no ruling as to the issue of the 30-day deadline and the
adequacy of service. It does not matter. Removal, whether
timely or not, was improper.
the court thus lacks federal-question jurisdiction. See 28
U.S.C. § 1331. The plaintiff asserted two counts in the
complaint, both of them based on state law. (ECF No. 1). The
complaint does not assert any federal claims. (ECF No. 1;
R&R). Defendants assert federal counterclaims, but
federal-question jurisdiction cannot be premised on
counterclaims. Federal-question jurisdiction must be based on
a federal right asserted in the complaint. Holmes Grp.,
Inc. v. Vomado Air Circulation Sys., Inc., 535 U.S. 826,
831 (2002); see also Louisville & Nashville R.R. Co.
v. Mottley, 211 U.S. 149 (1908). It is well settled that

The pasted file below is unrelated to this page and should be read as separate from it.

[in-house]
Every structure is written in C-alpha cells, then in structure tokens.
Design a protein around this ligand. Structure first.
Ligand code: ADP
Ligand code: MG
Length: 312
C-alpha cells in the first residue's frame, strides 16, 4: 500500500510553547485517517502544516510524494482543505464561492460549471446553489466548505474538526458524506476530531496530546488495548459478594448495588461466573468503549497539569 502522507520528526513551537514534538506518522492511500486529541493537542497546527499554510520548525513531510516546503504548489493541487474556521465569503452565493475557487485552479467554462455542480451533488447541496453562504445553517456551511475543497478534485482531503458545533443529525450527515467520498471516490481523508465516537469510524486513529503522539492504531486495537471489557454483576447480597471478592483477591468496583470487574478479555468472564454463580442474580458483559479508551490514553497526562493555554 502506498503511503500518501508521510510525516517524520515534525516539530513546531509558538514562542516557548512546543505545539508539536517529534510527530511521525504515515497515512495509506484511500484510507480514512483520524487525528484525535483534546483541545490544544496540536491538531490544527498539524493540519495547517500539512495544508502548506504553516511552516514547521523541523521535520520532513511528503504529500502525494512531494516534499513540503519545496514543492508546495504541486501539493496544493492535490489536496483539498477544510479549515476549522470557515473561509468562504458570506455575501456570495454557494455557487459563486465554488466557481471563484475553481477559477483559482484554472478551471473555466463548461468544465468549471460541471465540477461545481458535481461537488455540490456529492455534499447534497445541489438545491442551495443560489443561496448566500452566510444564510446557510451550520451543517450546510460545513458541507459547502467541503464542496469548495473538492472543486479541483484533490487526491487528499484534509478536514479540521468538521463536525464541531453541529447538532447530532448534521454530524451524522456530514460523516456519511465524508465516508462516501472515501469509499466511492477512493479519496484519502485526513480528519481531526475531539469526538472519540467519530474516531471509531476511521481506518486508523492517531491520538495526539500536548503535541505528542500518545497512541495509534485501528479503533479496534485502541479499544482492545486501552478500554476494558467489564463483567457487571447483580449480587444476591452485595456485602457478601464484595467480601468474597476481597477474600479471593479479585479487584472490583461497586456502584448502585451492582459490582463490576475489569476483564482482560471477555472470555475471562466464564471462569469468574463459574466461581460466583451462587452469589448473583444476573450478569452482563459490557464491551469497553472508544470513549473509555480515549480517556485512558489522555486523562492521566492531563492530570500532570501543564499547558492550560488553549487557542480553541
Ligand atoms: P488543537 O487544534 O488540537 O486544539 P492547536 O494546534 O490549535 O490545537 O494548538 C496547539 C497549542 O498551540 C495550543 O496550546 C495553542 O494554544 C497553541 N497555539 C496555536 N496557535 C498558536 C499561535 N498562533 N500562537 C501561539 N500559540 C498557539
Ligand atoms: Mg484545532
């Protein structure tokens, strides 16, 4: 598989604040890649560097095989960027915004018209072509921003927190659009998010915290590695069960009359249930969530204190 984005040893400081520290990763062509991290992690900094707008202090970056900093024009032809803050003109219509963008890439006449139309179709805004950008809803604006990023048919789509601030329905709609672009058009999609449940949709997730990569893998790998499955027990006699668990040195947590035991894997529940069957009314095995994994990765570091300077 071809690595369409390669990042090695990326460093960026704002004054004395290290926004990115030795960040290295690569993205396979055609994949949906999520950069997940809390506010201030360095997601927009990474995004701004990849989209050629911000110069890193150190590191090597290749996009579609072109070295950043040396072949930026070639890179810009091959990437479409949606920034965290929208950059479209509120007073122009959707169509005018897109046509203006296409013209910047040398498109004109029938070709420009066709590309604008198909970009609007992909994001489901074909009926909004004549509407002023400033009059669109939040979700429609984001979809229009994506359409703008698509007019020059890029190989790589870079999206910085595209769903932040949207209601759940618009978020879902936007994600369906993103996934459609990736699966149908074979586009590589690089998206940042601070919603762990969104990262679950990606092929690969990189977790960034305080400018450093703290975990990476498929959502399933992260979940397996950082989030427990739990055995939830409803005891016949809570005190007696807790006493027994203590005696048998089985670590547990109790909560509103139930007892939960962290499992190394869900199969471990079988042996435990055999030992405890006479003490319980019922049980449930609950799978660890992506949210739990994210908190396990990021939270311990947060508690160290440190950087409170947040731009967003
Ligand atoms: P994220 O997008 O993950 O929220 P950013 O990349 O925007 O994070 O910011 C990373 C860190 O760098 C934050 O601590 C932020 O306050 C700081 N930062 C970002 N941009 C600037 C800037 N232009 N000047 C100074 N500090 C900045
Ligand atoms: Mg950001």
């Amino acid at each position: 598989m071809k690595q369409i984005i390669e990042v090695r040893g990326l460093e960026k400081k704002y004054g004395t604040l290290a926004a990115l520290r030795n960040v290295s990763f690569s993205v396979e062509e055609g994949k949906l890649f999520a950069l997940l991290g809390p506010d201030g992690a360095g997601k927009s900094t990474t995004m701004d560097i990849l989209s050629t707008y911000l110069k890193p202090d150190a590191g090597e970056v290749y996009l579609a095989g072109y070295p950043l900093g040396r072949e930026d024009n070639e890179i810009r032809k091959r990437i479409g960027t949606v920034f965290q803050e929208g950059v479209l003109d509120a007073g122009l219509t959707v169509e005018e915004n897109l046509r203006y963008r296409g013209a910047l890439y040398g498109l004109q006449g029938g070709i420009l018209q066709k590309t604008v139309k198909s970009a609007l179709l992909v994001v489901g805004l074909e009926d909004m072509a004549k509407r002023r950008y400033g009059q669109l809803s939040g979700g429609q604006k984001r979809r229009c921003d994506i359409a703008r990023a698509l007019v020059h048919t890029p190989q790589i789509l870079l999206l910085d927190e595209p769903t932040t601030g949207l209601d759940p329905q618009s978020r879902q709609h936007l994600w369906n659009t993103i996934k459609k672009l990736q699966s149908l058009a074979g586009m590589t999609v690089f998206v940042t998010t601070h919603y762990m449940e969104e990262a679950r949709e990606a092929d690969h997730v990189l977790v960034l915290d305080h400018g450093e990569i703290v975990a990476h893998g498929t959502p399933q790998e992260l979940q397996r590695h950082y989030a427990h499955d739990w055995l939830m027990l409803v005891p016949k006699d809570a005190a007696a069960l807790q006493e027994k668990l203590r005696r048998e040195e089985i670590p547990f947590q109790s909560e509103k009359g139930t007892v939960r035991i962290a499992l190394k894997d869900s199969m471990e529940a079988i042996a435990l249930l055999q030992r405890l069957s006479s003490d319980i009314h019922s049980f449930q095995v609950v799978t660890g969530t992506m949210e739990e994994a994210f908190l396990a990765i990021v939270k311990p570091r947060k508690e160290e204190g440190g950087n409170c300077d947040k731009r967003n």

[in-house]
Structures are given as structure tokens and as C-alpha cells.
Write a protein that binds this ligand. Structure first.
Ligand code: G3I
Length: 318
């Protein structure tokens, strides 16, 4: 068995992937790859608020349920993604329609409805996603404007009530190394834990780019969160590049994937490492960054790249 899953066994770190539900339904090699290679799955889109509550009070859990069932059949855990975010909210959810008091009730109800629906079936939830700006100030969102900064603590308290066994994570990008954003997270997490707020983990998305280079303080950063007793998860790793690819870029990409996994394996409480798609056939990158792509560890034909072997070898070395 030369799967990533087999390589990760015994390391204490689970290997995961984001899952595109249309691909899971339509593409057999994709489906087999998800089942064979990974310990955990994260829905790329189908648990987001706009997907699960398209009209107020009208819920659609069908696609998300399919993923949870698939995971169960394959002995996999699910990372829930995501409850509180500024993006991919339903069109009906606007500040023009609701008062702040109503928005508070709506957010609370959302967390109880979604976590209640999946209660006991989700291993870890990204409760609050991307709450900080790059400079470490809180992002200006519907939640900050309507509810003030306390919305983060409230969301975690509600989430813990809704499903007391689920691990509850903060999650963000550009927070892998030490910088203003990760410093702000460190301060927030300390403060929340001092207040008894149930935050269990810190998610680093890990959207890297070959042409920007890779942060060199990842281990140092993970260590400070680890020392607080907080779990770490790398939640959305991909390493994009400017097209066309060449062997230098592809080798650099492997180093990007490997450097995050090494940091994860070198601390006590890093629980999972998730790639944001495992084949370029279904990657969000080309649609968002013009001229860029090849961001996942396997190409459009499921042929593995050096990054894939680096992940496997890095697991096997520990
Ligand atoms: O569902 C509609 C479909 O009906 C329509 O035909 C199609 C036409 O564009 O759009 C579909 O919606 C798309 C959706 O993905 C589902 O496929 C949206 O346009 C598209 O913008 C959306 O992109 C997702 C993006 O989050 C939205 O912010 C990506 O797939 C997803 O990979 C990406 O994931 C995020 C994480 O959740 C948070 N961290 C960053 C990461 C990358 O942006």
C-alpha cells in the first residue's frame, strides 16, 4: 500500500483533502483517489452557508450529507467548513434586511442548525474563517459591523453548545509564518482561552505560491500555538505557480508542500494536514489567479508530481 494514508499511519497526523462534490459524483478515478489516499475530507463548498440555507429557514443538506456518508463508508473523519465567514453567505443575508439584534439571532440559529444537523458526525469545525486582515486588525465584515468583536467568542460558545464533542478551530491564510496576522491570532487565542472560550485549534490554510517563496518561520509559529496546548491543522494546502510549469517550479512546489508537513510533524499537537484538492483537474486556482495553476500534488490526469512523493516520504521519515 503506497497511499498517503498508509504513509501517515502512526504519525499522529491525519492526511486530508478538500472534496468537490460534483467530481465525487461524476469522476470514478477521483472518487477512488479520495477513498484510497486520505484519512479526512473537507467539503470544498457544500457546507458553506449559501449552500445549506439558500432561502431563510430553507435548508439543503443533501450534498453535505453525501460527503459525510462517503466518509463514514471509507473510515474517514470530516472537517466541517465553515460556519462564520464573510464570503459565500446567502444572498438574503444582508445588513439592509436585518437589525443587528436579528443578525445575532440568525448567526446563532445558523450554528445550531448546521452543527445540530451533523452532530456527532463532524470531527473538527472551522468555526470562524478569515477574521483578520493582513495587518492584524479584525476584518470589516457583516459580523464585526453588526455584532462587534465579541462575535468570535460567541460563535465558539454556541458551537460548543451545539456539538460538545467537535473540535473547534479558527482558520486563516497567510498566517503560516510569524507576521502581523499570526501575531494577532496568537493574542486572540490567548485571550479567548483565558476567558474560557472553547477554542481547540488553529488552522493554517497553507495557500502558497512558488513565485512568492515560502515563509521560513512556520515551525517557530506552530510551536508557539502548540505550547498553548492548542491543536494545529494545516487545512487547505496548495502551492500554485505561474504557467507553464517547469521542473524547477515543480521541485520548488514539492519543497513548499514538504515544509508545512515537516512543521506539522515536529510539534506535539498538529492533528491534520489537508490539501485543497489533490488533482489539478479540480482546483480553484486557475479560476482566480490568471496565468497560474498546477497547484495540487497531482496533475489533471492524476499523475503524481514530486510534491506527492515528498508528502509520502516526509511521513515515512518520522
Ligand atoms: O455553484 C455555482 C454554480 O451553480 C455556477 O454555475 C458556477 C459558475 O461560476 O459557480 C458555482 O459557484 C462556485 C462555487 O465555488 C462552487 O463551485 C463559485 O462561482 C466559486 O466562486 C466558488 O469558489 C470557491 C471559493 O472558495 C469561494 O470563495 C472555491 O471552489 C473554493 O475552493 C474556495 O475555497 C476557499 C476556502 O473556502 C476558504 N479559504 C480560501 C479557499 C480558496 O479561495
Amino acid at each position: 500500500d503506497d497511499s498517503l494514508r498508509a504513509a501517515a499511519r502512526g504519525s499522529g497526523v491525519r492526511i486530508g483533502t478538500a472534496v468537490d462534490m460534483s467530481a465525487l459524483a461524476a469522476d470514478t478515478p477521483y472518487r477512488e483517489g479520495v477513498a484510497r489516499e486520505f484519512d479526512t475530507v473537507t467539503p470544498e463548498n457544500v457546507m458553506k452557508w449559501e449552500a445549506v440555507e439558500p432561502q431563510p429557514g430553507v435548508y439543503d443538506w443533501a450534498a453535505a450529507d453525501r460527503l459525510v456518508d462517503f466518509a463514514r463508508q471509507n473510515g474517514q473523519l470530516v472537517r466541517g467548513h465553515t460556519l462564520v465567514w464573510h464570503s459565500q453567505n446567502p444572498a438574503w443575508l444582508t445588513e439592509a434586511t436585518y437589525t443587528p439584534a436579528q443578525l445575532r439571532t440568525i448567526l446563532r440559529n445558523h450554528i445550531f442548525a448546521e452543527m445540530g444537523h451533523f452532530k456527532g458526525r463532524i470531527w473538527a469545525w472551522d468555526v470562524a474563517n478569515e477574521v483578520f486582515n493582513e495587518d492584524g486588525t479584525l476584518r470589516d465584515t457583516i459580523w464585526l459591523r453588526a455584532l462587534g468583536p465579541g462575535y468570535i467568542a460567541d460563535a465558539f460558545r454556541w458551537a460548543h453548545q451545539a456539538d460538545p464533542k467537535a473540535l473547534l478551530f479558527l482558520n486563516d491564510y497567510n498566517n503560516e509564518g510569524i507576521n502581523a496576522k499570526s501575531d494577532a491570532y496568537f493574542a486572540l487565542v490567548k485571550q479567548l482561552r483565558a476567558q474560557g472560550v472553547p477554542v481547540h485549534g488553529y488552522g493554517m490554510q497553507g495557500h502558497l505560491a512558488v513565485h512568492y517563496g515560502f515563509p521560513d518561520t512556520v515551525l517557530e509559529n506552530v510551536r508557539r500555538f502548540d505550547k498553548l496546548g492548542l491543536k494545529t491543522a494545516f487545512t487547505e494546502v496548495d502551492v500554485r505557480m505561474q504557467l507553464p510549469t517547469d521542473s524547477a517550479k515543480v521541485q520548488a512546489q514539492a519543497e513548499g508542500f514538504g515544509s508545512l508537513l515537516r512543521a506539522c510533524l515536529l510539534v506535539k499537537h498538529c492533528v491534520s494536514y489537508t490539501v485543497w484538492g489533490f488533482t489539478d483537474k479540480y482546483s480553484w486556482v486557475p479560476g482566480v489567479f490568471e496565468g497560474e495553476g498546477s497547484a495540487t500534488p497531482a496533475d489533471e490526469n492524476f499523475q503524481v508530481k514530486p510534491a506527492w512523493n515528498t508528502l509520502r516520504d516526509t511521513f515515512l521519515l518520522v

"a counterclaim-which appears as part of the
defendant's answer, not as part of plaintiffs
complaint-cannot serve as the basis for 'arising
under' jurisdiction." Holmes Grp., Inc.,
535 U.S. at 831. Federal-question jurisdiction exists
"only when a federal question is presented on the face
of the plaintiffs properly pleaded complaint."
Holmes Grp., Inc., 535 U.S. at 831 (citing
Caterpillar Inc. v. Williams, 482 U.S. 386, 392
(1987) (emphasis added)).
the case could not be removed pursuant to the court's
diversity jurisdiction, even if the prerequisites of 28
U.S.C. § 1332(a) (complete diversity of citizenship,
matter in controversy exceeding $75, 000) were met. Based on
the "home state" exception of 28 U.S.C. §
1441(b)(2), a case is not removable to federal court based on
diversity jurisdiction "if any of the parties in
interest properly joined and served as defendants is a